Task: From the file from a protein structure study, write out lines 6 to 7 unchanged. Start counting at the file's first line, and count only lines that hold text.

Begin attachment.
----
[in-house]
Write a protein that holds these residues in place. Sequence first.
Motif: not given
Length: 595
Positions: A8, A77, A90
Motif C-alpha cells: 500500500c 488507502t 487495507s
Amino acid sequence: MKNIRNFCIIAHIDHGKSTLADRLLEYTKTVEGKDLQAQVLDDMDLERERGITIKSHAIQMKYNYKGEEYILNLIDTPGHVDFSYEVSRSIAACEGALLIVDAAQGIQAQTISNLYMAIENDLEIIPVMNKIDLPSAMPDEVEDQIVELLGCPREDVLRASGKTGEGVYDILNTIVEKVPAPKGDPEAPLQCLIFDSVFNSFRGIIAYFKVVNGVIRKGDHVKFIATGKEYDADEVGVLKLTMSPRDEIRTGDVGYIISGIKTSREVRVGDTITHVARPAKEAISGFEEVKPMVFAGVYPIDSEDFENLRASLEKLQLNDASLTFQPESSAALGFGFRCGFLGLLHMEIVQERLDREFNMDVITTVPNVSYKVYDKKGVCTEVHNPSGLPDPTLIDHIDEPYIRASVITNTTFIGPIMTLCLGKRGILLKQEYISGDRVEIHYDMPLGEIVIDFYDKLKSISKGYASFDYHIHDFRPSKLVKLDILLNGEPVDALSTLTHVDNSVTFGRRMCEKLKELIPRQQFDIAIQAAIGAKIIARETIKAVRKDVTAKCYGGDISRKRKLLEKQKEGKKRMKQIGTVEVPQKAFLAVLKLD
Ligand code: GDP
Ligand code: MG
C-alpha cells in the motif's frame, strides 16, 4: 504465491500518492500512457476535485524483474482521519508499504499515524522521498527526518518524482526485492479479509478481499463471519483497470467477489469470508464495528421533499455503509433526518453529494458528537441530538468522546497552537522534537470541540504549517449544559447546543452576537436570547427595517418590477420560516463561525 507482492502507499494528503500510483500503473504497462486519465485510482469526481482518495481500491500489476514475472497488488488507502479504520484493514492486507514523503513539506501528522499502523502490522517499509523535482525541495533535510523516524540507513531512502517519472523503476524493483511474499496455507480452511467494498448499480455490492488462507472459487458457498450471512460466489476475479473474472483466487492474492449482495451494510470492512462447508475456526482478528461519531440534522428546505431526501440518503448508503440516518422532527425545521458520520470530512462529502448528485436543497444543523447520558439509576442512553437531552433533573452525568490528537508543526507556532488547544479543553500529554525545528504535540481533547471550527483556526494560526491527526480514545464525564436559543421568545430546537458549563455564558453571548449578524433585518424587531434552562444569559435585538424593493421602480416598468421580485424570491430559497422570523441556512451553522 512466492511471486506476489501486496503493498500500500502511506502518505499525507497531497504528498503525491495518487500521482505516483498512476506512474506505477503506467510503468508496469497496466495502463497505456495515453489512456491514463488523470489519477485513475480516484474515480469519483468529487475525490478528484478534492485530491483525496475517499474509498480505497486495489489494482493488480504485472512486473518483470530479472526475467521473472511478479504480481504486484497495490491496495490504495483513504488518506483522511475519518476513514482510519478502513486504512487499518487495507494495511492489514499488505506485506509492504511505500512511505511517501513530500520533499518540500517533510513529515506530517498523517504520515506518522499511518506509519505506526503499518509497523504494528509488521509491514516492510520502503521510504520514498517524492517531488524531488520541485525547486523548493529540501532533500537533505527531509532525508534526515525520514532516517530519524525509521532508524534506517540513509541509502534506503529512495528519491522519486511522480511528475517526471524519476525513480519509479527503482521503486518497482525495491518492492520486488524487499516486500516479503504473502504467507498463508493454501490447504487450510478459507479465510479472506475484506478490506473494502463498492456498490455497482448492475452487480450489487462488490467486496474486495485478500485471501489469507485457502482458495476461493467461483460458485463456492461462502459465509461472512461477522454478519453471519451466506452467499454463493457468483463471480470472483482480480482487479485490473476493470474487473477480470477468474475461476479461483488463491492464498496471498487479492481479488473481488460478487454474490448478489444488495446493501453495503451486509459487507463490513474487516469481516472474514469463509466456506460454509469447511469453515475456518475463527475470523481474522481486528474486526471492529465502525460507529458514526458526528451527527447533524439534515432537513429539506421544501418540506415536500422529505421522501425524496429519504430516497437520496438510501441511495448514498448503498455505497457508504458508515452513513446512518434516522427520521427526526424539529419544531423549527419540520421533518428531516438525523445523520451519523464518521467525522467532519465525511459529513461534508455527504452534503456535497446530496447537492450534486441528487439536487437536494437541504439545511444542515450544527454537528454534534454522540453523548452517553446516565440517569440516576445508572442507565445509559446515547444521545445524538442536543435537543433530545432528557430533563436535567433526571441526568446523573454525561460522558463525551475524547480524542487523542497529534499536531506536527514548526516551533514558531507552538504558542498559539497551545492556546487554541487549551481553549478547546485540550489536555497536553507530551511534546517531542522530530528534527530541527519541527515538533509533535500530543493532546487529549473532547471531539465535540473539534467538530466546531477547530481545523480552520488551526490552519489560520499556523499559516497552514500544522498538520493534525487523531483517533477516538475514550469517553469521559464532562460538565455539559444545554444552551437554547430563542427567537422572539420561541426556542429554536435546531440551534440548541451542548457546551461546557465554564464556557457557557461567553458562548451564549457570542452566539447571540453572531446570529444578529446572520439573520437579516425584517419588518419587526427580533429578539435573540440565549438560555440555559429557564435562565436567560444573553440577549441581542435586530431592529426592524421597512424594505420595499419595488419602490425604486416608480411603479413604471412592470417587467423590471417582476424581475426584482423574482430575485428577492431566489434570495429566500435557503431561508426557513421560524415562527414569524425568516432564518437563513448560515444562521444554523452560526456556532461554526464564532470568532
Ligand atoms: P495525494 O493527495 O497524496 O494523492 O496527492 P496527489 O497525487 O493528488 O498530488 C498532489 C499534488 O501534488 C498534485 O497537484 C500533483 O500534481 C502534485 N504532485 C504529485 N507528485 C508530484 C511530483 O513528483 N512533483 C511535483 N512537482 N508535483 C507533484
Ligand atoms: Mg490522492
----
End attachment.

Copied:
Motif C-alpha cells: 500500500c 488507502t 487495507s
Amino acid sequence: MKNIRNFCIIAHIDHGKSTLADRLLEYTKTVEGKDLQAQVLDDMDLERERGITIKSHAIQMKYNYKGEEYILNLIDTPGHVDFSYEVSRSIAACEGALLIVDAAQGIQAQTISNLYMAIENDLEIIPVMNKIDLPSAMPDEVEDQIVELLGCPREDVLRASGKTGEGVYDILNTIVEKVPAPKGDPEAPLQCLIFDSVFNSFRGIIAYFKVVNGVIRKGDHVKFIATGKEYDADEVGVLKLTMSPRDEIRTGDVGYIISGIKTSREVRVGDTITHVARPAKEAISGFEEVKPMVFAGVYPIDSEDFENLRASLEKLQLNDASLTFQPESSAALGFGFRCGFLGLLHMEIVQERLDREFNMDVITTVPNVSYKVYDKKGVCTEVHNPSGLPDPTLIDHIDEPYIRASVITNTTFIGPIMTLCLGKRGILLKQEYISGDRVEIHYDMPLGEIVIDFYDKLKSISKGYASFDYHIHDFRPSKLVKLDILLNGEPVDALSTLTHVDNSVTFGRRMCEKLKELIPRQQFDIAIQAAIGAKIIARETIKAVRKDVTAKCYGGDISRKRKLLEKQKEGKKRMKQIGTVEVPQKAFLAVLKLD